ATLANTA (WGCL ) - July fourth is supposed to be a time of celebration, but a Georgia family is now mourning the loss of their donkey after it suffered a heart attack from the fireworks.
Farm owners and animal lovers in Milton, Georgia say that fireworks are an issue, so much so that some animals run away others have died.
"When you lose a big animal, it really breaks your heart," said John Bogino.
John Bogino's miniature donkey, Sammy, is buried on the seven gables farm property where he spent 22 years. "It's devastating, you know, they're like pets to us, really, these animals," said Bogino.
Sammy died on July 4th.
"The explosions were very, very loud, louder than usual, and I suppose he got frightened, so he either died of fright or a heart attack," Bogino added.
Bogino and his wife typically keep their animals inside the barn under fans during the day in the hot summer months, and out in the pasture at night.
He says the sight and the sound of fireworks really scare the animals.
"A few years ago, it wasn't the 4th of July, because we bring the horses in usually, but on the 26th of July, some neighbors shot up fireworks, and the horses' defense is flight, so when they get scared, they run, so the horses started running, they run through fences, and several were injured, one was injured so badly he had to be put down," Bogino said.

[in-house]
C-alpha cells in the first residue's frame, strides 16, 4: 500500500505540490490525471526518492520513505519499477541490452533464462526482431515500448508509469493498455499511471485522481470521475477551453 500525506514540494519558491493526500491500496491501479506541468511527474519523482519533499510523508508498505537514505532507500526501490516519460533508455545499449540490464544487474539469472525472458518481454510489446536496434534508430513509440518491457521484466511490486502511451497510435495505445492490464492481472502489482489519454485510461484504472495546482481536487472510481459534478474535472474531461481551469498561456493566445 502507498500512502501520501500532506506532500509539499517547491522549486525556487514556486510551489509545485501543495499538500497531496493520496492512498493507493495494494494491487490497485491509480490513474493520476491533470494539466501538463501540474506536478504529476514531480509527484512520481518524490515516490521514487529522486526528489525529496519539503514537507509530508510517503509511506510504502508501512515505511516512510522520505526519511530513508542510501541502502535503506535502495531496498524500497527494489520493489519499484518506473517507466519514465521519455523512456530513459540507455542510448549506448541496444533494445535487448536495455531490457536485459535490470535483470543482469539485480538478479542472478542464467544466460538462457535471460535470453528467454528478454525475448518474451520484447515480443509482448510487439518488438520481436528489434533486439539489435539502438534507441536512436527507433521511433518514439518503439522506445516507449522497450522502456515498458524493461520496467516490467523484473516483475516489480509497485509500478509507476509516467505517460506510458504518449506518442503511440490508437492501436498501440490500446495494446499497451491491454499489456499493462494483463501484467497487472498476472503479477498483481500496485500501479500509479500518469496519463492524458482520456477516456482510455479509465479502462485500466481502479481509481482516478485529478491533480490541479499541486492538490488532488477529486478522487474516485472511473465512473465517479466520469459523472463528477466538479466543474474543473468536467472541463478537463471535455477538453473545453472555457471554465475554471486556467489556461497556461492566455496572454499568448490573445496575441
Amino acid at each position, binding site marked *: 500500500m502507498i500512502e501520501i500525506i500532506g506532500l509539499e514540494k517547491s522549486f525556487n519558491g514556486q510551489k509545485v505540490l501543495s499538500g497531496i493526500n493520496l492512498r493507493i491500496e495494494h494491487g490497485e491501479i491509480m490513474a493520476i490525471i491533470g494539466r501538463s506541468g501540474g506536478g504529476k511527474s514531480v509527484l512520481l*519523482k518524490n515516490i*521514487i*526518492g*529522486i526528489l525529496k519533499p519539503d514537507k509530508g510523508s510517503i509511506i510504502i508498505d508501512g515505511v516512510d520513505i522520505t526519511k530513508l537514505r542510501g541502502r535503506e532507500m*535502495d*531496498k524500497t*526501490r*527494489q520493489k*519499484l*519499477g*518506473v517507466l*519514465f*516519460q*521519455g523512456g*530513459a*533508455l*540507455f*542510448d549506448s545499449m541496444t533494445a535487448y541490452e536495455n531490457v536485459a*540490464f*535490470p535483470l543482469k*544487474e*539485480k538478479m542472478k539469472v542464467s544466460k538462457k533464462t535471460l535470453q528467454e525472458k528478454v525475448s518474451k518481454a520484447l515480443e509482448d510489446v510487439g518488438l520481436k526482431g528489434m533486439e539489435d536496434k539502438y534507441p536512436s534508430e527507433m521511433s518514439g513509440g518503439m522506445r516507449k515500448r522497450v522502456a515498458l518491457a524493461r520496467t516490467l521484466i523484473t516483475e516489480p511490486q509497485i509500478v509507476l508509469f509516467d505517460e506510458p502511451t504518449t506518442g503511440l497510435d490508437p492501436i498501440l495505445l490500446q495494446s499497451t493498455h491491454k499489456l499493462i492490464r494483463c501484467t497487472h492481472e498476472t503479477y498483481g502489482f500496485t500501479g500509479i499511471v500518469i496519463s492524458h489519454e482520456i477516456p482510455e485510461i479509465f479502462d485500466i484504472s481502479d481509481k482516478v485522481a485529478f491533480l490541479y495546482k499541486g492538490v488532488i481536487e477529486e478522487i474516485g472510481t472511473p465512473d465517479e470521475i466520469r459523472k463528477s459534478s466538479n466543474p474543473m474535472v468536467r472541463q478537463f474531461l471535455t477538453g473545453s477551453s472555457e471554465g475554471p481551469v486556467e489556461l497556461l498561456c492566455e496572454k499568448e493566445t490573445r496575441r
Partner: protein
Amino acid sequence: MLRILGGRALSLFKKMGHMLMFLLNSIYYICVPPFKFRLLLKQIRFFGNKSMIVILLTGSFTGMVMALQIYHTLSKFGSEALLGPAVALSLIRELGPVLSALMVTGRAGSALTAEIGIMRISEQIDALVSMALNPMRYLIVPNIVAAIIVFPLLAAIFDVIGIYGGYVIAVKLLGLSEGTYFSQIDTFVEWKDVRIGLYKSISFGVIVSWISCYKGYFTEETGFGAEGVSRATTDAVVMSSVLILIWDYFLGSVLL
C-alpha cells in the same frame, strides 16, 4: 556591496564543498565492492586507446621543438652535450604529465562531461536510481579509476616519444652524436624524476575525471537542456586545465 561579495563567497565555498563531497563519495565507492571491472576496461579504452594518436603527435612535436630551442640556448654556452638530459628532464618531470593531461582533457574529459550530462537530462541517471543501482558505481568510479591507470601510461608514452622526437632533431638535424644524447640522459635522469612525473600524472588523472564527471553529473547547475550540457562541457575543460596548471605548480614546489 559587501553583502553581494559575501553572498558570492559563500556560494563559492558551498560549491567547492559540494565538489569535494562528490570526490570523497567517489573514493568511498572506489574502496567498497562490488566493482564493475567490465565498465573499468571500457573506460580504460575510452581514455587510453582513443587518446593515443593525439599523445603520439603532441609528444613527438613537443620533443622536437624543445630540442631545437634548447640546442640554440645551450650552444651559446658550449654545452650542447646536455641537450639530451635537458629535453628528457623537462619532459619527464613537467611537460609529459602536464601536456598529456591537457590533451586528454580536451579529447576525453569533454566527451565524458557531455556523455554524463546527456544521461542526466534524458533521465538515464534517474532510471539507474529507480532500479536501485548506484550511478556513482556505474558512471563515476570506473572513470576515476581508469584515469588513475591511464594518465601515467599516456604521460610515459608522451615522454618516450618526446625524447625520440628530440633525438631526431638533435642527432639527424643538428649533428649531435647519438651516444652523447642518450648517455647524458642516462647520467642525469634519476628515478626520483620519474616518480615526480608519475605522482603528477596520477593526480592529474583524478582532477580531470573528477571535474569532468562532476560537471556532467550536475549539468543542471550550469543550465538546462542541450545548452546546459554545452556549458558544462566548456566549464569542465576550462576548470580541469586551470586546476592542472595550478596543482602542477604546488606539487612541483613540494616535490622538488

He says Milton is horse country and many people have large animals, and now they're trying to change the laws and restrict fireworks to the holidays only.
"We understand on the 4th of July, or New Year's Eve, people might like to celebrate, we know that, and we bring the animals in, try to protect them, but the laws in Georgia allows people to shoot off fireworks any time," added Bogino.
Councilman Matt Kunz says the state makes the decisions on fireworks, so they're pushing for more local control to experiment with other ideas.
"One thing the city is trying to do is educate our residents with regards to how to comingle with our equestrian facilities and neighbors," said Councilman Matt Kunz, with the city of Milton.
Bogino says these deaths are avoidable, and thinks if people were better informed, they would be more careful.
"They're very affectionate, and we just kind of fall in love with these creatures," Bogino said.
While it could take some time to see any laws go into effect, for now they're hoping to educate and inform people of the dangers fireworks have on these animals.
™ & © 2019 Cable News Network, Inc., a Time Warner Company. All rights reserved.
for more features.